Advocates of this behavioral therapy pioneered by Dr. O. Ivaar Lovaas, professor emeritus at the University of California at Los Angeles, point to a study published in 1987 that suggested that with a comprehensive ABA program of 40 hours a week, about half of kids with autism were indistinguishable from other kids at age 7. But even within the field, the research has been questioned.
"No one else has been able to replicate that," says Lord. "That finding was an anomaly."
Other researchers like Schreibman support more varied, less structured programs than the intensive 40-hour ABA. Such methods include Floortime, which gets children and therapists down on the floor and engaged in imitation play, and the Denver model developed by Sally Rogers, which integrates speech and language therapy and focuses on helping children with autism form relationships with their peers.
“Young people tend to learn better from people their own age, they watch the people more, and putting the kids with other kids allows them to learn appropriate behavior for their age," says Robert Hendren, a psychiatry professor and executive director of the MIND Institute, part of the University of California at Davis Medical Center, which focuses on the causes and treatments ofautism.
A variation of behavioral treatment is the classroom-centered TEACCH program, which uses visual cues to help children focus their attention. "A lot of our intervention is based on teaching organizational strategies and skills," says Gary Mesibov, director of the TEACCH program, based in Chapel Hill, N.C.
One of the most controversial treatment methods, a detoxification treatment called chelation therapy, has been gaining acceptance among some doctors and parents. Based on the theory that exposure to heavy metals, particularly the mercury preservative in some children's vaccines, is behind some cases of autism, advocates claim chelation is an effective treatment.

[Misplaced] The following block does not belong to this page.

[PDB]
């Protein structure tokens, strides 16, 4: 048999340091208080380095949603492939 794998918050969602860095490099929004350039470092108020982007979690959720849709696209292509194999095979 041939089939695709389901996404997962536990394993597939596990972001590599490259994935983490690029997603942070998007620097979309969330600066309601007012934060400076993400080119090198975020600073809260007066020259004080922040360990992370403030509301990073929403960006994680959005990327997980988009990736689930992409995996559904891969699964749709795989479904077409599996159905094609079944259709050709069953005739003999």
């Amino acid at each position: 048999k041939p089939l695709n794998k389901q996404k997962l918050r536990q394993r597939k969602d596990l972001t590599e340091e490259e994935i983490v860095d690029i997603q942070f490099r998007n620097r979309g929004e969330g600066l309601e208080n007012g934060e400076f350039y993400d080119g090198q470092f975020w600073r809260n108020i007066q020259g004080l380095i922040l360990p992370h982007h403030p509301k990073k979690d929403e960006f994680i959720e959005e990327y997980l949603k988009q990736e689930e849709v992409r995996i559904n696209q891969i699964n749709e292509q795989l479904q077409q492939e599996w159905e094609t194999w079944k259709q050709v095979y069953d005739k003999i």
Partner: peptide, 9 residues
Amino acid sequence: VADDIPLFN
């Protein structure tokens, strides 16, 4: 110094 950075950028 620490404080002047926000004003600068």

"There is no question that chelation, taking the mercury out of the kids, is by far the most effective treatment available," says psychologist Bernard Rimland of the Autism Research Institute in San Diego.
Others warn that it could harm the child.
"Chelation brings risks of its own," says Dr. Eugene Arnold, a psychiatry professor at Ohio State University in Columbus. "A doctor shouldn’t do chelation therapy unless [body] tissue tests show high levels of mercury or lead."
Because it's so difficult to match the child to a treatment, desperate parents often experiment with multiple therapies at the same time.
An estimated 30 percent of parents try alternative therapies like special diets, vitamin treatments or other non-traditional methods on their children, according to a 2004 study from The Children's Hospital of Philadelphia. Many parents also enroll their children in music and vision therapy or programs like horseback riding and yoga to help develop motor skills.
Unfortunately, doctors can't yet predict which children will benefit from a particular program or whether a child will ever fit into a regular classroom. Even with treatment, about 25 percent of children never develop language skills, according to researchers. On the other hand, about 25 percent are able score in a normal range for their IQ and to function in public school.
Federal law requires public schools to provide special education classes for children with autism, although programs vary from state to state and some parents prefer private treatment, especially for their younger children. Yet because of a lack of scientific evidence supporting certain therapies, parents often find themselves battling health insurers for coverage or suing school systems to provide home-based instruction.
"Some parents hire a lawyer before they meet the preschool teacher," says Mesibov.